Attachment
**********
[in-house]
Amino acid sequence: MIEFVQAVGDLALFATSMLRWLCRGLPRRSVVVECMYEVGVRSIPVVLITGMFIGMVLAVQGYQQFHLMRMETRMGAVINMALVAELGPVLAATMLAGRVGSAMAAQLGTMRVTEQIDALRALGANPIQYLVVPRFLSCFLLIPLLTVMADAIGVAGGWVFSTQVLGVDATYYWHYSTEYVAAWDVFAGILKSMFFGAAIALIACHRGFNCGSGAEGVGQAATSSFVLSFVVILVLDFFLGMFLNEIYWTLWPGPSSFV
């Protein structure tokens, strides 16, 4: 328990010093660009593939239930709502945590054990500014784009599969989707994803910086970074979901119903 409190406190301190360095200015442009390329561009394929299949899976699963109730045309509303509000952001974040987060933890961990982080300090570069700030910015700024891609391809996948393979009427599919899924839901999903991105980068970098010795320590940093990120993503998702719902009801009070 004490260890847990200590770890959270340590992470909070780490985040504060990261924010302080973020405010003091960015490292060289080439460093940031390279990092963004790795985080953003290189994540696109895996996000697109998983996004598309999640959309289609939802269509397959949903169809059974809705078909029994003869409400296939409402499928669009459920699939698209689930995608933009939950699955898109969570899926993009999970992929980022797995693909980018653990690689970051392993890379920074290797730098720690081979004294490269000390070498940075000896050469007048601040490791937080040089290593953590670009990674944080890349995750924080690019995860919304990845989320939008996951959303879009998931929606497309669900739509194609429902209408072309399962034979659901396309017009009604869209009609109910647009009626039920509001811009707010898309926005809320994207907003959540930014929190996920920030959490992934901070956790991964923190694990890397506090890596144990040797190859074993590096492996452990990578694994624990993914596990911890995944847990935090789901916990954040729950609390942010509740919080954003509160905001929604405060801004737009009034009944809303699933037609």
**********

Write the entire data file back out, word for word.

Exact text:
[in-house]
Amino acid sequence: MIEFVQAVGDLALFATSMLRWLCRGLPRRSVVVECMYEVGVRSIPVVLITGMFIGMVLAVQGYQQFHLMRMETRMGAVINMALVAELGPVLAATMLAGRVGSAMAAQLGTMRVTEQIDALRALGANPIQYLVVPRFLSCFLLIPLLTVMADAIGVAGGWVFSTQVLGVDATYYWHYSTEYVAAWDVFAGILKSMFFGAAIALIACHRGFNCGSGAEGVGQAATSSFVLSFVVILVLDFFLGMFLNEIYWTLWPGPSSFV
């Protein structure tokens, strides 16, 4: 328990010093660009593939239930709502945590054990500014784009599969989707994803910086970074979901119903 409190406190301190360095200015442009390329561009394929299949899976699963109730045309509303509000952001974040987060933890961990982080300090570069700030910015700024891609391809996948393979009427599919899924839901999903991105980068970098010795320590940093990120993503998702719902009801009070 004490260890847990200590770890959270340590992470909070780490985040504060990261924010302080973020405010003091960015490292060289080439460093940031390279990092963004790795985080953003290189994540696109895996996000697109998983996004598309999640959309289609939802269509397959949903169809059974809705078909029994003869409400296939409402499928669009459920699939698209689930995608933009939950699955898109969570899926993009999970992929980022797995693909980018653990690689970051392993890379920074290797730098720690081979004294490269000390070498940075000896050469007048601040490791937080040089290593953590670009990674944080890349995750924080690019995860919304990845989320939008996951959303879009998931929606497309669900739509194609429902209408072309399962034979659901396309017009009604869209009609109910647009009626039920509001811009707010898309926005809320994207907003959540930014929190996920920030959490992934901070956790991964923190694990890397506090890596144990040797190859074993590096492996452990990578694994624990993914596990911890995944847990935090789901916990954040729950609390942010509740919080954003509160905001929604405060801004737009009034009944809303699933037609």